Even though the United Kingdom is expressly mentioned in the Protocol for Provisional Application (PPA) of the Unified Patent Court Agreement as one of the states that has to give its support to the PPA, this is not seen as a stumbling block for the entry into force of the Protocol by the member states of the Unitary Patent project.
That became clear during the 21st meeting of the UPC Preparatory Committee yesterday in Luxembourg. During the meeting, chairman Alexander Ramsey presented a ‘draft Declaration on the authentic interpretation of Art. 3 of the PAP-Protocol, following the United Kingdom’s withdrawal from the Unitary Patent System.’
According to the Declaration, article 3 of the PPA (where the UK is mentioned alongside France and Germany) is to be interpreted as mirroring article 89 of the UPCA. ‘The delegations supported the approach proposed by the Chairman, hence giving him the mandate to organize a signing ceremony of the Declaration, foreseen in the margins of a future COREPER meeting.’
Article 89 states the UPCA ‘shall enter into force (…) on the first day of the fourth month after the deposit of the thirteenth instrument of ratification or accession in accordance with Article 84, including the three Member States in which the highest number of European patents had effect in the year preceding the year in which the signature of the Agreement takes place (…).’ Before the Brexit, these three Member States would have been France, Germany and the UK, which is the reason why they were mentioned in article 3 of the PPA.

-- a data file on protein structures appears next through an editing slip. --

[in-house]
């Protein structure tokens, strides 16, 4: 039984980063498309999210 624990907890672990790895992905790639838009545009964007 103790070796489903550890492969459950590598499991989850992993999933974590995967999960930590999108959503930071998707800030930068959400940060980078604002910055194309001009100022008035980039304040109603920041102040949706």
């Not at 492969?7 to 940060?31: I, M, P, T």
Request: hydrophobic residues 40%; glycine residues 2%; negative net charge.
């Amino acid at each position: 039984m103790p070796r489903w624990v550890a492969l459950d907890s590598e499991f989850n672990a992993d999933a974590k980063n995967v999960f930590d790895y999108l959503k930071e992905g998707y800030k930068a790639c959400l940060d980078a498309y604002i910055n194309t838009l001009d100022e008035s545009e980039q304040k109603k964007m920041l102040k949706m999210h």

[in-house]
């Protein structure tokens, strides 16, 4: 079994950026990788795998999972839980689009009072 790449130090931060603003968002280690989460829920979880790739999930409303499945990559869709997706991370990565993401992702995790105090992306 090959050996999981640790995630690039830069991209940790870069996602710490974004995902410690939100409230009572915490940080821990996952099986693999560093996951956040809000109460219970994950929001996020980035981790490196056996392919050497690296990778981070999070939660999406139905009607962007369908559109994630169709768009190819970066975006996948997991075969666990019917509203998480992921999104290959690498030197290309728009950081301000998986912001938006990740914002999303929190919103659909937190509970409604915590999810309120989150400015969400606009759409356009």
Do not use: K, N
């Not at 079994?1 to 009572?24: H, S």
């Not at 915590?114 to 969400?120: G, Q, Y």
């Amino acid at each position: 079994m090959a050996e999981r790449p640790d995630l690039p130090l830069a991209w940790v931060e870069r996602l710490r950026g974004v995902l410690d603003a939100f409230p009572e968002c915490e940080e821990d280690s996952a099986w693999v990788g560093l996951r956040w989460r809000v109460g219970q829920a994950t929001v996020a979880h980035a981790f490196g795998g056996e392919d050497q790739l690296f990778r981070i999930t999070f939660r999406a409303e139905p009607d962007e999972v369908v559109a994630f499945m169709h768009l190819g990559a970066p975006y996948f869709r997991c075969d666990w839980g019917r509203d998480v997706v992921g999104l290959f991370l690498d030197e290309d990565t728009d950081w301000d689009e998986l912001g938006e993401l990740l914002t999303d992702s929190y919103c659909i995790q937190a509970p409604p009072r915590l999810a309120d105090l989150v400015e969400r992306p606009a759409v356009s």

According to a report of the UPC Preparatory Committee, the Declaration is ‘in line with public international law’, but it doesn’t elaborate. That is very unfortunate. Not only is the UK mentioned expressly in the PPA, also London is mentioned as location of one of the sections of the UPC’s central division in article 7(2) UPCA. As can been seen in the comments below a recent post on this blog, among others, the proposed solution to get the Unitary Patent project started without the UK is highly controversial. As ‘Concerned Observer’ wrote, for instance:
‘I can understand the train of thought (I hesitate to call it “logic”) in attempting to rely upon Art. 89(1) UPCA to solve the problem with the PAP. However, interpreting “the United Kingdom” to mean “Italy” does not help to solve the issue with Art. 7(2) UPCA, which instead refers to “London”.
In any event, this train of thought is, or at least by all rights ought to be, heading into the buffers. The very reason that drafting and ratification of a new UPCA is not on the table is that all of the UPC’s proponents want to avoid the risk that squabbles over relocation of the London division of the UPC could kill the entire project. In other words, it is abundantly clear that the current UPCA does not point to any implicit, or uniformly accepted, alternative meaning for “London”.’
Protocol on Privileges and Immunities
During the meeting in Luxembourg (and online), the UPC Preparatory Committee said support from only one more member state is needed for the entry into force of the PPA, currently expected for late 2021 or early 2022. It also pointed out that the Protocol on Privileges and Immunities entered into force as of the day of the meeting, 27 October 2021, one month after Germany deposited its instrument of ratification. So far there has not been much discussion about the PPI’s article 18(1), which states the United Kingdom has to support the PPI as well.
Other issues that were discussed concerned the finalization of the Case Management System of the Court, the framework for both the hiring of judges and the local selection of administrative support staff, and the draft budget for the PAP, ‘including a preliminary evaluation of the contributions by Member States, which will be called for shortly after the start of the PAP’.